8 Sourdough Mistakes Everyone Makes & How to Fix Them

Active sourdough starter

Everyone makes mistakes. It’s just a fact of life. It’s also a fact of making your own sourdough.

Albert Einstein once said that: “Anyone who has never made a mistake has never tried anything new.” The same is true for baking sourdough. Regardless of whether you’ve just discovered your passion for sourdough, or have been baking it for years, mistakes are just part and parcel when it comes to making your own sourdough.

However, what if I were to tell you that some of the most common mistakes could be avoided? It’s true, they can. With a little know-how you can avoid the most common mistakes that befall even the most experienced bakers and ensure that (almost) every sourdough bread loaf is worthy of a place on your mantelpiece. 

Jump to:

1: You killed your sourdough starter

Although sourdough starters are pretty resilient and can withstand being neglected for a little while, they can also die if you leave them for too long between feedings.

What I mean by “dead” starter is that it becomes inactive, which means that it stops responding to regular feedings after being unfed for too long. Or, your starter might start to develop mould or discoloration. If you notice your starter is giving you the silent treatment or looks a bit off, then it’s time to throw it away and start again.

If you want to avoid accidentally killing your starter, then make sure you keep a close eye out for “death threats” from your starter – especially in the first six to 10 days of its creation. Make sure you maintain your regular feeding schedule and store your starter at a comfortable room temperature, as yeast dies at 60°C.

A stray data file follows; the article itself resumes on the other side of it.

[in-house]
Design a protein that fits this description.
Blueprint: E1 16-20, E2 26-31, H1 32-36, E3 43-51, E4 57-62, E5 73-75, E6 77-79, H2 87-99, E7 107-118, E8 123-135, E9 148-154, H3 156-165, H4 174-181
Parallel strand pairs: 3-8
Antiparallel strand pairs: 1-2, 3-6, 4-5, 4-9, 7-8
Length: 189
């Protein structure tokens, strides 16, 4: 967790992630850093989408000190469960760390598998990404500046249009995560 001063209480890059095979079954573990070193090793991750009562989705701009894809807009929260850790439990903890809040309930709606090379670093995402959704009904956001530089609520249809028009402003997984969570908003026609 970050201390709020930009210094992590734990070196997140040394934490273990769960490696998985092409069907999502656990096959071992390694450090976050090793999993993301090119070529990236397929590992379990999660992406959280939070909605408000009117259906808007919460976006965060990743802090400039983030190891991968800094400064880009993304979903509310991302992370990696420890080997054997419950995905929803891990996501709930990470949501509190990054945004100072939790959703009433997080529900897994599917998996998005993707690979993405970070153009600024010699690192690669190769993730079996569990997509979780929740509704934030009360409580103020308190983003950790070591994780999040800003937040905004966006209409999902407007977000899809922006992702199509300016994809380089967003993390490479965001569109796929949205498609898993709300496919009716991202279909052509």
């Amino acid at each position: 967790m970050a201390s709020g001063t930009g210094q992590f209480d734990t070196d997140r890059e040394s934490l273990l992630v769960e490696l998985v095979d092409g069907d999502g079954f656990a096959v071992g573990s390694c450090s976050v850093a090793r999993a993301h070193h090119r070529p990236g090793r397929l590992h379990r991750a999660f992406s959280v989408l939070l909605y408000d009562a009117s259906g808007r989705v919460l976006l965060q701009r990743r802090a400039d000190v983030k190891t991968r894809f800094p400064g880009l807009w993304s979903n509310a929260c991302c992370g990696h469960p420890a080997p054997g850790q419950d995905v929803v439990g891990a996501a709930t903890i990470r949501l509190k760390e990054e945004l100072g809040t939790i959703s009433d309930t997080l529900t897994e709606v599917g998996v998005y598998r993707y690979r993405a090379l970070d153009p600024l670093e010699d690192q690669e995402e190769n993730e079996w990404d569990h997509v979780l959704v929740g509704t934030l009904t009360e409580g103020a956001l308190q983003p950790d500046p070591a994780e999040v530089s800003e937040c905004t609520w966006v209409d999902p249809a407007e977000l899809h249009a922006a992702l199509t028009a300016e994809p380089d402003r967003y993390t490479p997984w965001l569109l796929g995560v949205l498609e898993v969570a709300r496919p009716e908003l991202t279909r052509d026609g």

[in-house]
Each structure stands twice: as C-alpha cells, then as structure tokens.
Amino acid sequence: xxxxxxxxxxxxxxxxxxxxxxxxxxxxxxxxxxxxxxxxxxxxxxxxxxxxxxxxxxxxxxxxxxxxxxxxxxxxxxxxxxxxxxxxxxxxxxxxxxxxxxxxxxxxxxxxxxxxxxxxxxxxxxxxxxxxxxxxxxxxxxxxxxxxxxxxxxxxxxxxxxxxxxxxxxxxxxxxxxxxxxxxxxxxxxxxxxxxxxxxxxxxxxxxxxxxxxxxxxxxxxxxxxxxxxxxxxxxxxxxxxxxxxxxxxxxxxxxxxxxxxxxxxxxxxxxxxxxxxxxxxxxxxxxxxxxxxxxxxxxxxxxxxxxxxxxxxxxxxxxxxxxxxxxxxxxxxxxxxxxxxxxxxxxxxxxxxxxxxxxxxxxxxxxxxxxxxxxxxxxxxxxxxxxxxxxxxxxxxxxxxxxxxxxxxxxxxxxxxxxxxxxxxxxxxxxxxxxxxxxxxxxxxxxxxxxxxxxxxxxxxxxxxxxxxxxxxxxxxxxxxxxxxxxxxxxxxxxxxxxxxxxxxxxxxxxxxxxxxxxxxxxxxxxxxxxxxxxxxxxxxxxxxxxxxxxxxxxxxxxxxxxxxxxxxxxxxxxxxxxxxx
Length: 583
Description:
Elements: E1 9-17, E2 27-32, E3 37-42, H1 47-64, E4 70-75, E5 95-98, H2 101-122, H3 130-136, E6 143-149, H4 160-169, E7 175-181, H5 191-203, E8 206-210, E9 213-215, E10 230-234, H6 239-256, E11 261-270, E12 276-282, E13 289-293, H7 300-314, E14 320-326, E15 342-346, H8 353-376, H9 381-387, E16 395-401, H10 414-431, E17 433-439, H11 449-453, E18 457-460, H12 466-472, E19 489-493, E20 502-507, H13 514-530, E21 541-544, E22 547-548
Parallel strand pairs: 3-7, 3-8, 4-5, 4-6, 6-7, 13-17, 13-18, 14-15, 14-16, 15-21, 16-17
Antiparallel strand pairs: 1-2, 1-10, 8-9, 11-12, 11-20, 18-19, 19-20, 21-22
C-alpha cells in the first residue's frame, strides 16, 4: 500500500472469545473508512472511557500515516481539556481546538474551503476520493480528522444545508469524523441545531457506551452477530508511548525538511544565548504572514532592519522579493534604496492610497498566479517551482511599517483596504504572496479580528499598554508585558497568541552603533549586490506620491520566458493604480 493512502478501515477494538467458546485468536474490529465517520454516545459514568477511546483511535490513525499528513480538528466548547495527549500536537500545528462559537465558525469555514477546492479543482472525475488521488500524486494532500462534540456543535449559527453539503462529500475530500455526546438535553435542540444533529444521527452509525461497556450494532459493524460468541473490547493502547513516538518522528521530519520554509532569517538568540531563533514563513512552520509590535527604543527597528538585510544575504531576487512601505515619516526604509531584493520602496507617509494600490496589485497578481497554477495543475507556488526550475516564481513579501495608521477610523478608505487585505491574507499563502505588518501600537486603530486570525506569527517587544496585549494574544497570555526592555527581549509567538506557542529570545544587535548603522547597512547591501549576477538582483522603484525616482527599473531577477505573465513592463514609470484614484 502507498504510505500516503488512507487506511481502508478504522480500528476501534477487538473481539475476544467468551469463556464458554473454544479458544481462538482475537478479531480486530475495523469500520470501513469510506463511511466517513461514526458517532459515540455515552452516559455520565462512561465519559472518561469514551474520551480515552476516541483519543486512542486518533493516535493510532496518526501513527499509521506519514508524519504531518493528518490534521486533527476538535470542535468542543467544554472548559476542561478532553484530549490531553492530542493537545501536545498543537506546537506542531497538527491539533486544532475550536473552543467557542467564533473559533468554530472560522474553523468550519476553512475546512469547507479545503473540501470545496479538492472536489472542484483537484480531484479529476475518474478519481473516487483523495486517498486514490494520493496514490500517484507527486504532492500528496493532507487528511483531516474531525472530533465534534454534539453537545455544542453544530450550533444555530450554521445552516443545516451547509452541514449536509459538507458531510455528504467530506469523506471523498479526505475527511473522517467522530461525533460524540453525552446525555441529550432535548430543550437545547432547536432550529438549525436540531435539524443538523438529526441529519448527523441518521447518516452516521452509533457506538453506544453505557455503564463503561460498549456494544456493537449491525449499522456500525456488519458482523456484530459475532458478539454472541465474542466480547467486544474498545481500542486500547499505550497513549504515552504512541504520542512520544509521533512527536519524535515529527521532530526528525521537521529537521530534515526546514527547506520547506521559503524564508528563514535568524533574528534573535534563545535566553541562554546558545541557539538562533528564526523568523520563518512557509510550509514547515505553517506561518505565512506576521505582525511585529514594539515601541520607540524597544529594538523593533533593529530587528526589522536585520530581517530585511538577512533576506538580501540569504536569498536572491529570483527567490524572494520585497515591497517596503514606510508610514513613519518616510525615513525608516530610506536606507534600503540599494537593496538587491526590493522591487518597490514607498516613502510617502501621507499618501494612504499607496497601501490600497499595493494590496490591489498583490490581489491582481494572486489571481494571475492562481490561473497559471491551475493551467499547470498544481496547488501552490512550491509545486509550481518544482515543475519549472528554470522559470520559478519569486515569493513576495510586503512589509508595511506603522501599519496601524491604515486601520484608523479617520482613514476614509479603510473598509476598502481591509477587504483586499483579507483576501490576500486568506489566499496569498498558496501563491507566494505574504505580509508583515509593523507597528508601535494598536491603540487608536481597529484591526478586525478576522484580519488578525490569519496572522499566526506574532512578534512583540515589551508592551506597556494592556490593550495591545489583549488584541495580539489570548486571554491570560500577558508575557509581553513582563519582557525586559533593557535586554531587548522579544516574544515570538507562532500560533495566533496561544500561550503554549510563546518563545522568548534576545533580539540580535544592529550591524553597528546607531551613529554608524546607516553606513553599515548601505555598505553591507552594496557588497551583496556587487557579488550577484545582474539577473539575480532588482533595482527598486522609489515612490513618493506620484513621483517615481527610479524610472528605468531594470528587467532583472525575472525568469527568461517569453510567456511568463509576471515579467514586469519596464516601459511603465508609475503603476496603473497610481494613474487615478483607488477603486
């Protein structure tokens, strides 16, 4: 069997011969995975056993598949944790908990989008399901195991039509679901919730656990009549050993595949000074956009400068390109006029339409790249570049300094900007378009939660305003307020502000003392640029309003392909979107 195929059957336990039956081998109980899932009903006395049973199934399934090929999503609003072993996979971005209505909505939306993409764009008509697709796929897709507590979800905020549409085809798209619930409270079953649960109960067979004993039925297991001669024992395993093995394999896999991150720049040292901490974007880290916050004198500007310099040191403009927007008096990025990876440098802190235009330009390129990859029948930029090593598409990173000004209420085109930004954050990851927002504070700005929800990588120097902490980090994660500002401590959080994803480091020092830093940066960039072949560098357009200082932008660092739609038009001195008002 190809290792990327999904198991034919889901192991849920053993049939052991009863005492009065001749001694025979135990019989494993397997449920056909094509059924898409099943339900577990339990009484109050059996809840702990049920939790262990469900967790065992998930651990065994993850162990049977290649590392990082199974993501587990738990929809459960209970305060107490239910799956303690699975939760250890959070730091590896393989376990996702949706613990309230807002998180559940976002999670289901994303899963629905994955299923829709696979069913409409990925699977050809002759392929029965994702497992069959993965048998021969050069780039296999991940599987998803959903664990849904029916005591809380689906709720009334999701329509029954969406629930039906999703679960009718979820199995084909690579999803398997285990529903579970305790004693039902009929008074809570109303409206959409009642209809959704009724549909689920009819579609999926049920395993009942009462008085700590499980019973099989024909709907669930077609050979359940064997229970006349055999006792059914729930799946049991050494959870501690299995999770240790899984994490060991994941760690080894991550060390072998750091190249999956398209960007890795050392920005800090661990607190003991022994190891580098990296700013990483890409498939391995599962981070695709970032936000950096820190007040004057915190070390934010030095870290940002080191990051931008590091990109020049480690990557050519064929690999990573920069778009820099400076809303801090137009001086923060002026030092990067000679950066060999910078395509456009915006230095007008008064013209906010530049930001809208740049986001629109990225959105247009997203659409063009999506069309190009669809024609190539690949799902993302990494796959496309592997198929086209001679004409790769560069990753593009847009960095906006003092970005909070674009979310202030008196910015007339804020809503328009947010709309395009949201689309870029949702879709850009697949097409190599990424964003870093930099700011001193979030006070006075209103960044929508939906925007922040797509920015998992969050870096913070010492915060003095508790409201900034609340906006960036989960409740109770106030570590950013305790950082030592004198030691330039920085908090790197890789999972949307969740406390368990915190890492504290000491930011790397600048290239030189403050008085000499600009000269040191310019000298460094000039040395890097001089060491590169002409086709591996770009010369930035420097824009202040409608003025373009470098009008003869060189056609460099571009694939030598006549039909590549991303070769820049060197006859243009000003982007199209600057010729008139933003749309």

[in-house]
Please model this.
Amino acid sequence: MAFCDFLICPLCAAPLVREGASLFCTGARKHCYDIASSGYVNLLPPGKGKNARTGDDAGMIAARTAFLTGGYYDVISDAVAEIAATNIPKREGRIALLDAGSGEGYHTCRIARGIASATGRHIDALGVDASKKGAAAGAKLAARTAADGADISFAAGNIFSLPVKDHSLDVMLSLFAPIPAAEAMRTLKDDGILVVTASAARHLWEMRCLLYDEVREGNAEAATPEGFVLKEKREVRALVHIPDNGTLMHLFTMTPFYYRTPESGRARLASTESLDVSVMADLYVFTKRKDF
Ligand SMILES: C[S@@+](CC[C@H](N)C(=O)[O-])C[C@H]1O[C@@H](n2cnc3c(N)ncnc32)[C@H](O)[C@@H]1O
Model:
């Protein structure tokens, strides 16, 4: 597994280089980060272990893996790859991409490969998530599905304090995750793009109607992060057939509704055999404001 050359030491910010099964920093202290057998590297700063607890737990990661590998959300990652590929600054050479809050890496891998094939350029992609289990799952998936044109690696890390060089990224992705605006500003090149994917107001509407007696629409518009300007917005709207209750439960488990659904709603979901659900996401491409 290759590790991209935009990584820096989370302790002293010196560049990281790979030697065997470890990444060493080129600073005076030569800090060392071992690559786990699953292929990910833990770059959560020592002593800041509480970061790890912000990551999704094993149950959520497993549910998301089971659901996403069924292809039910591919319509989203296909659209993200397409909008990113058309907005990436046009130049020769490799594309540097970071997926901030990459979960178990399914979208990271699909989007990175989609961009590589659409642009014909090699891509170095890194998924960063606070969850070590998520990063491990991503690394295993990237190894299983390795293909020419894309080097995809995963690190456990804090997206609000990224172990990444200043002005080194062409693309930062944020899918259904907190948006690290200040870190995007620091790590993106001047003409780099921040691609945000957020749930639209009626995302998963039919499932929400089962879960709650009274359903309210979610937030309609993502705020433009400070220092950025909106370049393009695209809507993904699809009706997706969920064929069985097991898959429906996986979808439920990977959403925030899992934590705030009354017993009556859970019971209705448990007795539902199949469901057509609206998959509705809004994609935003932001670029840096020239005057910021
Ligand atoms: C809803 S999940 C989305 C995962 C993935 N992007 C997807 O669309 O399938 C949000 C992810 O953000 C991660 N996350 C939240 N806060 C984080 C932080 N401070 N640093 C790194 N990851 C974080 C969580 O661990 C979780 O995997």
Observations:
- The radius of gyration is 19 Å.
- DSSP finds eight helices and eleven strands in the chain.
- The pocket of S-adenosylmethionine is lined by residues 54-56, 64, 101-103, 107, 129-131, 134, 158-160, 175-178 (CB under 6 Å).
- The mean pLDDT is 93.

2. You bake your sourdough too soon

Whether you’ve just adopted a sourdough starter of your own, or have made a sourdough starter from scratch, you’ll need to wait a few days to a week until your starter is ready to bake.

Yes, your starter might look bubbly, but that doesn't make it strong enough to use. It takes a lot of wild yeasties to make a heavy dough rise, so be patient with your new starter before you put it to work making your sourdough. If you bake your starter before it is ready it won’t have the muscles to leaven your sourdough, so you’ll end up with a sad pancake-looking loaf and broken sourdough dreams.

If you’re not sure if your sourdough is ready, then you can always check using the float test, where you drop a teaspoon of starter into a glass of water. If it floats, then it’s probably ready to bake with.

3. You don't autolyse your dough

Autolysing is an important step in the bread-making process, as it helps to make your dough easier to work with and shape, and a loaf with better texture, rise and flavour. During the autolyse process, you combine flour, water, and starter together until the flour is fully moistened. Then, you cover the bowl and let it rest for 30 minutes. 

Although it’s tempting for all of you impatient bakers out there to skip this step, I always recommend doing it. Without it your sourdough will be a bit “meh” and will not rise as well. 

4. You don't let the bread proof long enough

Sourdough proofing in banneton

Baking bread is a science. This means that everything needs to be precisely and timed, including the proofing stage.